Different types of swordtails will breed if they find themselves together in one tank. Since they belong to the same family, they can crossbreed naturally.
When you’re keeping males and females from different types in one tank, you can’t guarantee they won’t breed. So, if you’re asking if it’s safe, it should be since they belong to the same breed.
Some fry might turn out deformed, though, mainly if the two breeding fish aren’t related.
Here’s everything you need to know about swordtails and their breeding habits.
Will Different Types of Swordtails Breed?
Yes, different swordtails will breed when the surrounding conditions are in their favor. A lot of people choose to go for artificial selection and breed them on purpose to get fish with unique lines and colors.
If you breed unique types together, its possible you’ll get some interesting patterns and new colors.
So, to put your mind at ease, different types of swordtails will interbreed naturally with no problems. Still, you may want to be conscious of the species you own.
If you’re raising a fancy line of swordtails, you may want to keep it from breeding with regular lines. The colors will get muddled, and the fry won’t have the same fancy colors their parents have.
The Breeding Habits of Swordtails
Swordtails are livebearers, which means that they give birth to live fish instead of laying eggs. Of course, this means you need to be careful when breeding them because you’ll find the tank swarmed with their babies once they give birth.
Not only that, but female swordtails also can give birth once every 28 days, so unless you want a tank full of tiny swordtails, you’ll want to keep your females from breeding frequently.
Swordtails can breed with their own type and with platies. Breeding them with different species is never a good idea because there’s a chance the female will die. Even if she manages to give birth, the babies will likely be deformed, and they may die young.
When breeding swordtails, you’ll also want to take care not to keep breeding the same population for long. Over time, you’ll notice that more fry is dying and showing inbreeding issues. It’s always a good idea to provide some diversity and get a new fish for breeding.
How to Correctly Breed Swordtails
When swordtails are three months old, they can start breeding naturally. If you want them to produce safely, you’ll want to make sure the tank’s conditions are suitable.
For starters, the temperature should be around 78 F degrees, and the pH should be kept within the safe level for swordtails, which is no more than 8.5.
It would help if you also separated the females from the males when they’re close to giving birth because they’ll have aggressive tendencies.
You’ll know that your females are about to give birth when their bellies are bigger and when they’re separating themselves from males on purpose. Plus, they’ll start hiding in a corner and avoid moving around the tank.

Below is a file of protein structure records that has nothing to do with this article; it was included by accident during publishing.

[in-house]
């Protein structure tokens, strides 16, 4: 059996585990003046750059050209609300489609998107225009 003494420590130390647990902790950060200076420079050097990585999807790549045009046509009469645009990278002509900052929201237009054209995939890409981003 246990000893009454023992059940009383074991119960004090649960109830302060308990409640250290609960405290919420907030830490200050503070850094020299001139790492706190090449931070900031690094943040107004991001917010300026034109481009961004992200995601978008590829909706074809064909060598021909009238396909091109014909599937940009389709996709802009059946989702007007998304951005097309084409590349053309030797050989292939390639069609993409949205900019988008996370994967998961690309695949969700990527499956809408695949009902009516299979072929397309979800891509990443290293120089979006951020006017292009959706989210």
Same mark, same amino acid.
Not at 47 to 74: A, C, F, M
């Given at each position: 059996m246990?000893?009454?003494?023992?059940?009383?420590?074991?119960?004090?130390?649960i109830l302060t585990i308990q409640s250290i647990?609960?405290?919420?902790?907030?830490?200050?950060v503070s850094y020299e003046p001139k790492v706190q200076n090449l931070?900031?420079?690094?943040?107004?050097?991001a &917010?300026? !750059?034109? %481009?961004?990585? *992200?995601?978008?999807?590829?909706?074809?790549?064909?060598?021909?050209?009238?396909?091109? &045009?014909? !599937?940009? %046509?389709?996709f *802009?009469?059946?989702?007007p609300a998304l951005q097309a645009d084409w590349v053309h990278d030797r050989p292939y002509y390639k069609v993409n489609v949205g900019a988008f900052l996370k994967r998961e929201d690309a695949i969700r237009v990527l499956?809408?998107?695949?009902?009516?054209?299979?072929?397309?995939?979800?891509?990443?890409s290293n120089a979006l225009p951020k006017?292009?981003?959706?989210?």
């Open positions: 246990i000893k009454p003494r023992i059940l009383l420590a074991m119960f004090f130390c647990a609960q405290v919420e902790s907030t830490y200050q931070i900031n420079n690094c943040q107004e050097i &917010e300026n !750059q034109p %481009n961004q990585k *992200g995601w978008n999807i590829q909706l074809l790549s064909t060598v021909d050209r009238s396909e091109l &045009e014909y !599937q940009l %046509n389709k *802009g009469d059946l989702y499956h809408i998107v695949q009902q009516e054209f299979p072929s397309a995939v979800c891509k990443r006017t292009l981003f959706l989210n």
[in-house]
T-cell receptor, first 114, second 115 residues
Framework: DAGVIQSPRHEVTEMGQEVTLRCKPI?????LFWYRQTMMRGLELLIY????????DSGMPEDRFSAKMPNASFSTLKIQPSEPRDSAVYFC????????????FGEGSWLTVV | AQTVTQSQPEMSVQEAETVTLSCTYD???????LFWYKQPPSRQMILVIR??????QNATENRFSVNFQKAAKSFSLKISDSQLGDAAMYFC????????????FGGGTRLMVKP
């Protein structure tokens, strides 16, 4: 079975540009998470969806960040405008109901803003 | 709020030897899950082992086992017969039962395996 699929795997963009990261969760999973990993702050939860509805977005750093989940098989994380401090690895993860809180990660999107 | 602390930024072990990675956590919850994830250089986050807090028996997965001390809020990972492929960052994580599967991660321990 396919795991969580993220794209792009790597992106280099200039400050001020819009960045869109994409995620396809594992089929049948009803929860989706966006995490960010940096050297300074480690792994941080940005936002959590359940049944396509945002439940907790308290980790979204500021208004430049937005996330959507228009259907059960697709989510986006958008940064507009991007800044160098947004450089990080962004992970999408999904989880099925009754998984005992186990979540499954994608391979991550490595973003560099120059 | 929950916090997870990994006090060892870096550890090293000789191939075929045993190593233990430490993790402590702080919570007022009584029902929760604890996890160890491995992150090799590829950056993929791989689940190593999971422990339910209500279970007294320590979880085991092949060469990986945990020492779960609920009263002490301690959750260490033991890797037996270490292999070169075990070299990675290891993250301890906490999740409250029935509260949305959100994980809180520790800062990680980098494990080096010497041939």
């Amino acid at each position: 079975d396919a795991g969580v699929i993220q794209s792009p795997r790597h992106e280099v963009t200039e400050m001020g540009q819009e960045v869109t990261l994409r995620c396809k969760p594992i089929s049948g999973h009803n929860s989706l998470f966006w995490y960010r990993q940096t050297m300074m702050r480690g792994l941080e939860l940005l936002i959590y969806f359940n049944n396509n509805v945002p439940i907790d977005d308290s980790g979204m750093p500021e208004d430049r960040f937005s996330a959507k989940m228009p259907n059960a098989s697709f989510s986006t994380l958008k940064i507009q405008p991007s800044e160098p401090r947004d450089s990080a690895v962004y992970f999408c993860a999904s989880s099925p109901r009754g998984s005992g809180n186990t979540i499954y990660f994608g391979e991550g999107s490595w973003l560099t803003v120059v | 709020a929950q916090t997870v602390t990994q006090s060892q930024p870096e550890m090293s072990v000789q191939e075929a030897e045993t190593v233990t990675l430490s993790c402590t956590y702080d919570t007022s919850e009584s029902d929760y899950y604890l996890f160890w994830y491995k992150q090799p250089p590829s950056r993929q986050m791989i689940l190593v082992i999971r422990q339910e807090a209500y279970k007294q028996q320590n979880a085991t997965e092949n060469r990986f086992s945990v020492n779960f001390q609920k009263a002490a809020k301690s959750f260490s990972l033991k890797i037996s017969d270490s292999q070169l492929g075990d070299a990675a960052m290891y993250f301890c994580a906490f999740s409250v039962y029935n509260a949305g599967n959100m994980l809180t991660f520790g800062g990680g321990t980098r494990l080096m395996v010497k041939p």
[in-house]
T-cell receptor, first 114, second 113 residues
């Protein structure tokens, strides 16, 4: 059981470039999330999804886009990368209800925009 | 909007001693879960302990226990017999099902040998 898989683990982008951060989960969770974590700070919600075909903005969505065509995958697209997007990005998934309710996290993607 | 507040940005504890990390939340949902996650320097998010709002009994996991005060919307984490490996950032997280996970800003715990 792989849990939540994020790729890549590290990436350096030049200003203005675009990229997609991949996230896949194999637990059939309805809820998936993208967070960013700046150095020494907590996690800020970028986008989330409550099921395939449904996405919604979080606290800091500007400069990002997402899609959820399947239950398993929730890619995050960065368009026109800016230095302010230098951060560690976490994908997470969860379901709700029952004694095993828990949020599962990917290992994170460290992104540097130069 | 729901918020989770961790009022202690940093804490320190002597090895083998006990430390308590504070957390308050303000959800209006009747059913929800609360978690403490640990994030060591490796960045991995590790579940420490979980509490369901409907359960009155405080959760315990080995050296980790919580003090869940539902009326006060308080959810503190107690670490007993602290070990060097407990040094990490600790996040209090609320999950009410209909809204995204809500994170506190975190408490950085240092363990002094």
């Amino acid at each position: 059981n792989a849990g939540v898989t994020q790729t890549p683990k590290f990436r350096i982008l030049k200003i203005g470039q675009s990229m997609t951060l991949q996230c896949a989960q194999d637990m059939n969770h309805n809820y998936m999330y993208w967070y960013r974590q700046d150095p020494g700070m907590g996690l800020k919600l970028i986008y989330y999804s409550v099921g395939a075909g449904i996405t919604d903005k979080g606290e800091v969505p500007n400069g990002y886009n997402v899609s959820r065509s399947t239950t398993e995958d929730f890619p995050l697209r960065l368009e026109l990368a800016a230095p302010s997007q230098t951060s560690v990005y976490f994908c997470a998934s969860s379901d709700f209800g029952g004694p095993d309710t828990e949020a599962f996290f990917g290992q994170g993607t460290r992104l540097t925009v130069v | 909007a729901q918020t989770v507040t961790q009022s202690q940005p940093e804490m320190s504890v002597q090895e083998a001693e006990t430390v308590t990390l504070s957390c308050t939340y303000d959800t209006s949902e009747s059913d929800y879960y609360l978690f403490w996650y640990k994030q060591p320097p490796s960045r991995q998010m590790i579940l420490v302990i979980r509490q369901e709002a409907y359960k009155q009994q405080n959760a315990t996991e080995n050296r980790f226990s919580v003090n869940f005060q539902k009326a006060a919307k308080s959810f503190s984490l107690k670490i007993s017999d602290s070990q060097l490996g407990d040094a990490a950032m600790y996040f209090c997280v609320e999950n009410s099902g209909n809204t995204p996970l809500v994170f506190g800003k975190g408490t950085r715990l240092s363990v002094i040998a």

After that, get ready for the fry that’s about to come! You can expect around 50–100 babies in the first time breeding.
Can a Swordtail Breed With a Platy?
Swordfish and platys are popular friends. Most fish lovers will choose to raise both in the same tank because they have complimenting looks. Besides, they belong to the same genus, so they’re actually related.
To answer your question, swordtails can breed with platys naturally because they’re both from the same genus, Xenophorus. They’ll give safe, viable babies. Additionally, if they’re both in a large tank with other fish, they’ll still choose each other for breeding because they’re related.
Many fish owners will actually breed them on purpose to get unique crossbreds—most swordfish and platies on the market today are offspring from crossbreeding between the two species.
The two breeds are livebearers, have beautiful colors, and come from the same family. What’s to say you can’t breed them?
If you want to get the best results from breeding, you may go for green swordtails and variegated platies. I have to warn you, though; the baby platies will likely have elongated bodies!
Can a Swordtail Breed With a Molly?
Contrary to platies, swordtails can’t breed with mollies. They don’t belong to the same genus, and so they won’t be able to conceive offspring even if they manage to mate.
Although both breeds are livebearers, swordtails belong to the Xiphophorus family, while mollies belong to the Poecilia genus.
Fish from different families can’t breed, and the females may actually die if they get impregnated because both breeds aren’t compatible.
Needless to say, if you plan on raising both together, try to adjust the ratio of males to females so that they don’t attempt mating. Even better, you can keep an all-female or an all-male tank.
Can a Swordtail Breed With a Guppy?
Both guppies and swordtails are livebearers, but like mollies and swordtails, they can’t breed. If they mate, the babies will likely be deformed, but most of the time, they won’t even be able to reproduce.
Like mollies, guppies belong to the Poecilia family. So, they can breed with mollies, but not with swordtails or platies.
With most livebearers, that’s the case. Swordtails and platies are among the rare livebearers that can breed normally and get safe babies.
So, will different types of swordtails breed?
Yes, different types of swordtails will breed normally, and there’s a high chance they’ll produce perfectly healthy babies. There are a couple of things to consider, though. For one, make sure the surrounding conditions are suitable for breeding and that the female swordtail is of age.
Additionally, make sure to breed swordtails with compatible colors, or else you may find some weird patterns in the fry. It’s better not to breed fancy lines with regular fish, too.